With Keith Buterbaugh, Nicole Fenstad, Kristin Huffman and James Ludwig. Directed by Todd Olson. At Actors Theatre through Aug. 18.
No one can dispute the influence of Frank Sinatra on popular music or that he helped etch memories into the hearts and minds of millions. Sinatra, or "The Voice," recorded more than 1,000 songs, many of them familiar tunes like "Summer Wind" and "Love and Marriage." Highlights from the crooner's extensive discography are the focus of "My Way -- A Musical Tribute to Frank Sinatra," currently playing at Actors Theatre.
The Bingham Theatre is transformed into a nightclub, complete with black lacquered bar tables, tall bar stools and crystal chandeliers. A light, odorless smoke drifts down from the theater's rafters to mimic cigarette smoke. "My Way" jumps right into the best of Sinatra with a small section from "Strangers in the Night." After "Strangers," the four members of the cast invite the audience into the heart of Sinatra's music with "Come Fly With Me."
The rest of the musical selections are divided into categories. For example, the Cities Medley category includes sections of "I Love Paris" and "Chicago." The most memorable number in this category was "New York, New York." For this number, the cast dons black fedoras and dances around a solitary microphone on a small rotating dais at the stage's center. Breaks between the medleys were opportunities for the actors to recall quotes from Sinatra and memories other musicians had of the man. The last category of the first act, the Love and Marriage Medley, includes snippets from "The Lady is a Tramp," "Witchcraft" and "I've Got You Under My Skin."
However, the four deserved every bit of the applause. They never missed a beat and offered Sinatra's melodies in clear, well-interpreted notes. A highlight was Nicole Fenstad's soprano in "Love and Marriage" and Keith Buterbaugh's "Summer Wind." But the music worked best when the four, including Kristin Huffman's spicy alto and James Ludwig's rich tenor, worked together. It was apparent the cast has a deep appreciation for Sinatra's music and will keep up the energy through the last performance.
The voices are accompanied by the show's music director and pianist, Gayle King, and bassist Mark McCulloch and percussionist Jeff McAllister. The live music added an almost tangible richness to the musical selections and topped off the evening. Another highlight of the play was knowing that Todd Olson, the author of "My Way," served as the production's director. Olson and David Grapes conceived "My Way" soon after Sinatra's death.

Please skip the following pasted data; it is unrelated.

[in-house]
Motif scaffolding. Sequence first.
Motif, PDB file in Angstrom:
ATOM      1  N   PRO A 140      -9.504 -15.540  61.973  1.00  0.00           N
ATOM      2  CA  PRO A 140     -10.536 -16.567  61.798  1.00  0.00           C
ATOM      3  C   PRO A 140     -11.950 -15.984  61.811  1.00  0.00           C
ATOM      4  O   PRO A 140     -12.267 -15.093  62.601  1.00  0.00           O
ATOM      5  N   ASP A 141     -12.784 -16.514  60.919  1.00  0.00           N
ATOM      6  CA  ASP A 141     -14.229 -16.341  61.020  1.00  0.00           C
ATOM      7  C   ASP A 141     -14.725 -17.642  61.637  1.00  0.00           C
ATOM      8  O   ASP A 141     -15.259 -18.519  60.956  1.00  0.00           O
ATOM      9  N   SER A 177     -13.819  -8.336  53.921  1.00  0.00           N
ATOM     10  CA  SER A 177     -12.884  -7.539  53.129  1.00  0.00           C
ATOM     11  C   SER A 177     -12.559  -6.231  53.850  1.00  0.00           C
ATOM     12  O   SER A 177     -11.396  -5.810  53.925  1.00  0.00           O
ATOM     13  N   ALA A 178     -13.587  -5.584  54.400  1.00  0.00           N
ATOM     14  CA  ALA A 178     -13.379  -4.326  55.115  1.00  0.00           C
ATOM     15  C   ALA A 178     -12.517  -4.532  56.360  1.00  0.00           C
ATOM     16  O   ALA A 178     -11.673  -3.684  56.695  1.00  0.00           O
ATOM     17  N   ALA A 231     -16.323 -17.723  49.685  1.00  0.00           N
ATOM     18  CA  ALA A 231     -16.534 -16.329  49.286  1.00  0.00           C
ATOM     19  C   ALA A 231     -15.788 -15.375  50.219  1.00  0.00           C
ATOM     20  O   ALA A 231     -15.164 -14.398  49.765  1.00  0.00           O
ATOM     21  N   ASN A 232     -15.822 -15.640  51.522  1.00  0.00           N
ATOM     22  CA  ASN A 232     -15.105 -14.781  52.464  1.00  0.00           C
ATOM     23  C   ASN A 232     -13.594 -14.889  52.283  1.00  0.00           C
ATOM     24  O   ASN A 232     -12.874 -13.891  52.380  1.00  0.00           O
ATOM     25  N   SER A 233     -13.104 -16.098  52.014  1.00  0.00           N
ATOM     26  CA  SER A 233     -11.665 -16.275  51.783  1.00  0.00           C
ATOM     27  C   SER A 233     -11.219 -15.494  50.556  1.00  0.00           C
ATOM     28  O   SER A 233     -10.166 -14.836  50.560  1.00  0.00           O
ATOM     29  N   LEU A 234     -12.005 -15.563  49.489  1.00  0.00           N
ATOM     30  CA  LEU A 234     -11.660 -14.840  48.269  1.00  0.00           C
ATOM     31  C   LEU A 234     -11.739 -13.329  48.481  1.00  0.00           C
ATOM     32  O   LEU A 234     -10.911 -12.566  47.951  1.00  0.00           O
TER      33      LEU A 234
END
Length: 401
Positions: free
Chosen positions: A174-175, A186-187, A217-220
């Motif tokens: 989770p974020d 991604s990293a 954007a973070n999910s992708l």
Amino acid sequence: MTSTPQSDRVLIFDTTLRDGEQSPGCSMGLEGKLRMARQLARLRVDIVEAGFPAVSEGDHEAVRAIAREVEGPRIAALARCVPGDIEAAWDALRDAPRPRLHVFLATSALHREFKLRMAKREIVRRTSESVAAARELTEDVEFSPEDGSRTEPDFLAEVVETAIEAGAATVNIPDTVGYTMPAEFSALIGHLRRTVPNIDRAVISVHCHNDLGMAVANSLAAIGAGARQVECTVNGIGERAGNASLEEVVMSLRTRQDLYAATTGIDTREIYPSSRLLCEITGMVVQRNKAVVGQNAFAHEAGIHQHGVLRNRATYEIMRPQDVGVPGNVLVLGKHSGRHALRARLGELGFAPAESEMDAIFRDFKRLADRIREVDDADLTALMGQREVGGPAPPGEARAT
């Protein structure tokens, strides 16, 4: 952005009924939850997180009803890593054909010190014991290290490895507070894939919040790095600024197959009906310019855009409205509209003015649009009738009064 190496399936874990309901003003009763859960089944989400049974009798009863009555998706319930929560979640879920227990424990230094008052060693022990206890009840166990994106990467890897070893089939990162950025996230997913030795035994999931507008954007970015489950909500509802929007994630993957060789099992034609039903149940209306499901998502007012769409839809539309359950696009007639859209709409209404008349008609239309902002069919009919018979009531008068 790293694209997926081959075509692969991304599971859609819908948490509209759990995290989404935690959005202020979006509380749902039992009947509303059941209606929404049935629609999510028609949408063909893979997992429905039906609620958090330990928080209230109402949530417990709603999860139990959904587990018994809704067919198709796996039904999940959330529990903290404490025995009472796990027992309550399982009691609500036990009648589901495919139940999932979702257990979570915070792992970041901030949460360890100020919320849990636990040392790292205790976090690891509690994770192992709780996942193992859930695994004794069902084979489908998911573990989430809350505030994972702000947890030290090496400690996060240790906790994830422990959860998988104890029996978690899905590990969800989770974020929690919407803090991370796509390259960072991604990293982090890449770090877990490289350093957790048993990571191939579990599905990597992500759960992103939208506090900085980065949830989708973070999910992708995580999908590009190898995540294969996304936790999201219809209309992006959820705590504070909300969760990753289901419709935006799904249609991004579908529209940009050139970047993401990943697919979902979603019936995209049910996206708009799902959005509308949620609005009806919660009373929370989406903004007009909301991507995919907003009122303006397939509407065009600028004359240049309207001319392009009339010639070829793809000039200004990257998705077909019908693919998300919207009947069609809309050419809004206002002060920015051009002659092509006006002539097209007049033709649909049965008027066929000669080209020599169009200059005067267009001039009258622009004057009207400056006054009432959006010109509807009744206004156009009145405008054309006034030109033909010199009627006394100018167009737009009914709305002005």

"My Way" runs through Aug. 18 at Actors Theatre of Louisville, 316 W. Main St. Call 584-1205 or visit www.actorstheatre.org for performance and ticket information.
Dana Norton - LEO
Blame the post-World War II baby boom on Frank Sinatra. A generation may have been conceived in the 1940s and '50s when couples made whoopee to Frank Sinatra LPs like "Songs for Swingin' Lovers."
If you don't know what an LP is or what "making whoopee" means, then you're from another generation altogether. But that doesn't mean you can't be a fan of the stylish vocalist from Hoboken, N.J., who died in 1998.
Sinatra, a singer of popular standards by such songwriting greats as Johnny Mercer and Harold Arlen, continues to gain popularity. Like Tony Bennett, he's been discovered by a new generation of music lovers.
"My Way -- A Musical Tribute to Frank Sinatra," which opened last night at Actors Theatre of Louisville, will stir memories for older audiences while winning over new fans.
The nearly full Bingham Theatre audience last night was composed mainly of seniors, but word-of-mouth should spread quickly about this romantic, slightly melancholy show, sponsored by Fifth Third Bank, that features an incredible number of Sinatra songs -- 60 in all.
The two-hour, two-act show is divided into medleys. There's the Broadway Medley, including "My Funny Valentine" by Rodgers and Hart and Cole Porter's "I Get a Kick Out of You"; a Cities Medley with "Chicago" and "New York, New York;" and two Love and Marriage medleys with "Can I Steal a Little Love?" and "That Old Black Magic." There's a Losers Medley ("Drinkin' Again") and a Survivor's Medley ("That's Life" and of course, "My Way,") that caps the show.
When he wasn't brawling, boozing or womanizing, Sinatra recorded more than 150 hit songs between 1940 and 1980. He had staying power. The ATL musical should, too. The Chairman of the Board would like it that way.
By JUDITH EGERTON - The Courier-Journal
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